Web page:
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The Political Legacy of Michael Dukakis

by Kymberly Bays, published

The former governor of Massachusetts, Michael Dukakis, came to San Diego last weekend with his remarkable wife, Kitty. They didn’t come for the weather, which is what most San Diegans think when someone comes to visit. (Oh, it rained Saturday.)

They came because the governor was giving his annual City Club of San Diego state of the nation speech Saturday and to spend Friday at La Jolla Country Day School, where he and Kitty spent an exhilarating but exhausting up close and personal day with students and faculty (we arrived on campus at 7:45 am and didn’t leave until after three that afternoon). They did this, not because of honoria, there wasn’t any, but because the school had dared to ask and because it is a measure of the Dukakis’ extraordinary commitment to be exemplary and enabling leaders.

On Saturday morning at Country Day the governor spoke on health care and did so without notes for 35-minutes, followed by 45-minutes of Q & A – and still no notes. He did this before an SRO crowd and 50 Country Day students, who listened with rapt attention.

Every year for the past 12-years the governor and Kitty have driven drown from Los Angeles, where he teaches at UCLA during the winter quarter, to speak to The City Club.

The first time he and Kitty came The City Club event was on the font lawn of what the governor called, “Larry Lucchino’s modest cottage in La Jolla.” Lucchino, the Red Sox’s president and CEO, was then serving in a similar position with the San Diego Padres.

The governor told Lucchino something Dukakis subsequently forgot but Lucchino didn’t. What he told him was, “Anyone who tears down Fenway Park should be criminally indicted!” You know the rest of the story.

The first time I met Dukakis was in 1996 at the Democratic National Convention in Chicago at the United Center (actually I had shaken his hand at a fund raising dinner in ’88, but that doesn’t count, does it?). The governor was sitting with George McGovern, whom I had known for a long while, so I stopped to say hello and was introduced to Dukakis.

That was the beginning of our friendship, and not long after I met Kitty.

Because of my association with the Red Sox as chairman of The Great Park Writers Series I’m lucky enough to be in Boston quite often and whenever that happens I try and spend time with these two remarkable individuals. I don’t think I am easily awed, but I am in awe of the governor and Kitty.

No governor of the Commonwealth, starting with John Hancock in 1780, served longer than Michael Dukakis’ 12-years and it’s hard to imagine anyone having served with greater distinction. You may have a different opinion about that, but not about this: No one ever served The People of Massachusetts with greater integrity.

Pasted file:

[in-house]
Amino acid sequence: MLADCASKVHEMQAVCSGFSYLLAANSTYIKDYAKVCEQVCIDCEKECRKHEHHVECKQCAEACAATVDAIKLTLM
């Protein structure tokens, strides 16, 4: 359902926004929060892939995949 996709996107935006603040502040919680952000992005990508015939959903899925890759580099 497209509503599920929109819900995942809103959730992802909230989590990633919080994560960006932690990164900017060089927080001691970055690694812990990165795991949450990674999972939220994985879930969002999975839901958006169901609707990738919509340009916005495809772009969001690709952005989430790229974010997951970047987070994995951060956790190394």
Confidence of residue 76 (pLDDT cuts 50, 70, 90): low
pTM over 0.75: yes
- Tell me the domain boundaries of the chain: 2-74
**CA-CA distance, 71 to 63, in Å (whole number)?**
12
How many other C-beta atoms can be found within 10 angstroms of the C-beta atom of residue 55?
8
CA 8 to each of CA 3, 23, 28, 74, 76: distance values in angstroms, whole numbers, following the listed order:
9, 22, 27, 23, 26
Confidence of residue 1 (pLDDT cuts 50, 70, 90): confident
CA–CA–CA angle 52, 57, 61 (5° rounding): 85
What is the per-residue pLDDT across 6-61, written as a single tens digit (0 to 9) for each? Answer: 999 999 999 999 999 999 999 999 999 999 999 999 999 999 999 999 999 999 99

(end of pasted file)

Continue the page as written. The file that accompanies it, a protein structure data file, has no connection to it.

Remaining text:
And he didn’t allow the fact he was the Commonwealth’s chief executive to change who he is or the values his Greek immigrant parents taught him as child, not least the values of humility and frugality. I’ve been around a lot of major political figures and celebrities in my life, none less conscious of privilege or entitlement than Michael Stanley Dukakis.

During his 12-years in office, in the early morning hours, he walked from his home in Brookline to the Longwood “T” stop and rode the trolley to Beacon Hill and the State House and when his long days were over he rode the “T” home again and he did it without security. Other governors like to ride around in long black limos with state troopers (does Mitt Romney and Deval Patrick come to mind?), not Mike Dukakis.

Yes, he was the Democratic Party’s nominee for president in ’88 and he lost to George Herbert Walker Bush. He often says had he been a better candidate and defeated Bush 41 the U.S. might have been spared Bush 43. It’s a laugh-tested line but the loss to Bush the elder is something he regrets/ But like another great family of the Commonwealth, the Kennedys, Dukakis knows you can’t do would haves, could haves, or should haves.

It is extremely annoying to me when people mention the ’88 campaign and the helmet wearing in a tank photo op. I don’t know how it happened or whose idea it was but anyone who thinks that was Mike Dukakis’ defining moment of public service is an idiot.

To know the governor is to know Kitty, his wife of nearly 50-years. The governor is Greek Orthodox. Kitty is Jewish. As the governor’s father was a doctor, Kitty’s was the first violinist of the Boston Symphony. They raised three exemplary children and are blessed with eight grandchildren, and as nearly as I am able to discern, they are a close, loving family.

Dukakis recently asked if there’s a more beautiful Social Security/ Medicare beneficiary in America than his wife? To look as stunning as she does, having come through so many challenging personal trials, not least electro shock therapy, battling what Winston Churchill called the “black dog of depression”, and to have done so in the most public of ways, is a story of great courage. And by facing her demons openly she has allowed others to seek help and we now know people’s lives have been saved because of her shining and inspiring example.

The governor and Kitty are in their eight-decade but their commitment to our country and to public service and to people everywhere remains the greatest value of their lives. Truly they are national treasures.

When I think of these two extraordinary people I think of what Pericles said of the Athenians, “We do not imitate, but are a model to others.”

Be proud Brookline. Be proud Commonwealth. Be proud USA. Mike and Kitty Dukakis continue in service to the world.

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